Think for a moment about the vital information about you someone would have access to if they guess your password. This could expose your banking information, health information, email, and private messages. Passwords have been the primary means of security online since the dawn of the internet age. Yet studies show time and again that for most of us, our passwords are not as secure as they should be. Most passwords can be cracked in six hours or less. We tend to use the same password to protect multiple accounts. And we tend to keep passwords around for years. 47% of us use passwords that are older than five years old. 2-Factor Authentication is a simple tool that could dramatically improve your security today.
Why Passwords Aren’t Enough
To create a secure password, you should put in place ALL the following:
- More than six characters, preferably at least ten characters
- Should contain a minimum of one uppercase, one lowercase, one number and one symbol
- Should not contain consecutive keys on the keyboard or alphabet or numbers
- Should be unique from every other password you use – no duplicate passwords
- Should be changed at least every six months to a new unique password you haven’t used yet
- Should be memorable, but not based on birthdates, easily guessed words, or phrases
And you should do this for every password you create. The average user has 90 passwords to remember for home and work. Is it any wonder then that we often take shortcuts? Far too many people recycle passwords like ‘123456’ or use the same password to multiple sites. It’s likely that once you have set a password, you will not change it unless you are forced to. To make life a little bit easier you can use a password manager to create and remember your passwords.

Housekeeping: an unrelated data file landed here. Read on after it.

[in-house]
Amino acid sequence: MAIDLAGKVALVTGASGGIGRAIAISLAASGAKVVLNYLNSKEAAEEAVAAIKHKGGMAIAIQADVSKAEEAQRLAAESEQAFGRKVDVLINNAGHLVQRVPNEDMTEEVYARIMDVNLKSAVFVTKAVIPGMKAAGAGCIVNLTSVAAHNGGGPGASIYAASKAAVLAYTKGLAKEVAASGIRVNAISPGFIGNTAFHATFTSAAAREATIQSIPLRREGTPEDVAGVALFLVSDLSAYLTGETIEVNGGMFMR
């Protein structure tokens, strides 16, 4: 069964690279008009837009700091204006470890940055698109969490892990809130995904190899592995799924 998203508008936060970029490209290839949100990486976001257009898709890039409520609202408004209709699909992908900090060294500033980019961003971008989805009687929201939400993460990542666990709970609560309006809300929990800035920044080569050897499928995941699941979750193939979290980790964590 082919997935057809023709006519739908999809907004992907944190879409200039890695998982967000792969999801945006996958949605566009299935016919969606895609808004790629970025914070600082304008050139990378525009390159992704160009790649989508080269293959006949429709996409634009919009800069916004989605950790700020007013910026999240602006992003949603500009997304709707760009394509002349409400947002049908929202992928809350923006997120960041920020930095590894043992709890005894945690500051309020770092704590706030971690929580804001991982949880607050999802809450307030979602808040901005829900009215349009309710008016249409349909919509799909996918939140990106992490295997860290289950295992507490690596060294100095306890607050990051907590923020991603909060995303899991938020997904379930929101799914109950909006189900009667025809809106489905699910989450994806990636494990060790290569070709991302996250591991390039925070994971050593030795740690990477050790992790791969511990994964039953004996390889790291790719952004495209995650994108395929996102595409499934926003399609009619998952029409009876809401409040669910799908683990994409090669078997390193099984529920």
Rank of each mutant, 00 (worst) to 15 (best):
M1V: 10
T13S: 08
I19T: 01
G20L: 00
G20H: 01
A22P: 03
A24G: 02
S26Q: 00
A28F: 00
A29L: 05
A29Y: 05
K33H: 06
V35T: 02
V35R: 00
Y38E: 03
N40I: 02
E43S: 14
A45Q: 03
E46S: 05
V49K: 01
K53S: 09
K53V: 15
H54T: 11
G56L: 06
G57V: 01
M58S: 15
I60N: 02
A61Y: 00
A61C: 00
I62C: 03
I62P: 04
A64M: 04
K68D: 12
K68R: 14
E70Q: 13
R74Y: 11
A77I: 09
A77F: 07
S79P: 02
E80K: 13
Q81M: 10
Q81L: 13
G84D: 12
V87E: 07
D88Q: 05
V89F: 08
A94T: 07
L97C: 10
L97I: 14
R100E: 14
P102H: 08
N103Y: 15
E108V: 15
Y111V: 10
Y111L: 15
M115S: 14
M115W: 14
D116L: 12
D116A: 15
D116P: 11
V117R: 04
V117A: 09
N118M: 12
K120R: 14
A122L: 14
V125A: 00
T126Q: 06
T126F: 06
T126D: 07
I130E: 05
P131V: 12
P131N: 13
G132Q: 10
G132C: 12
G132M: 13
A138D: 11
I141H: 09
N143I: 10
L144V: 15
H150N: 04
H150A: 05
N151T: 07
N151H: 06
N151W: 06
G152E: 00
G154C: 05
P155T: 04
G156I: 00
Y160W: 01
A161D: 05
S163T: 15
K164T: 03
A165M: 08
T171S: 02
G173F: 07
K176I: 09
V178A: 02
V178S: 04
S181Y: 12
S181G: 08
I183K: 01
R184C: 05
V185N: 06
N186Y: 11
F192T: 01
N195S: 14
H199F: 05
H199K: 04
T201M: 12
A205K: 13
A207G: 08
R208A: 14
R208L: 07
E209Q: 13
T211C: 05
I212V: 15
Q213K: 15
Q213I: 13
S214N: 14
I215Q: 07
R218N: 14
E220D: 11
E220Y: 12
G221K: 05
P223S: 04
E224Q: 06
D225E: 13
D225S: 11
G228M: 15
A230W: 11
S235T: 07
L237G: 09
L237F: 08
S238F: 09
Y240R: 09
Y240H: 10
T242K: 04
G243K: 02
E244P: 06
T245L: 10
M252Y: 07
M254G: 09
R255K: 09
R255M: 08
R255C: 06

The problem is that someone will crack your password at some point. Some website’s security will have a vulnerability and hackers will gain access to every password used on that site. Then all a hacker has to do is run an automated program to try your username and password across thousands of sites online to see which sites it unlocks. Suddenly, your privacy is completely compromised, and someone has access to your online life.
What Is 2-Factor Authentication?
When you type in your username and password on a site, that is single factor authentication. This type of login relies on something that you know – your password. There are other types of authentication techniques. For example, if your phone has a fingerprint reader to unlock the device, that relies on something unique to you – your fingerprint. Many offices rely on yet another form of authentication. To get in the building, you may have to swipe a keycard. This relies on something you have – the keycard.
2-factor authentication uses a combination of two of these types of authentication techniques. This ensures that the person logging in is the right person. One popular form of 2-factor authentication used by Google and others involves something you have. Once you try logging in with a password, a unique code is sent by text message to your phone. This code is good for only a single use and typically expires in just a few minutes. This authentication makes use of something you know, your password, and something you have, your phone.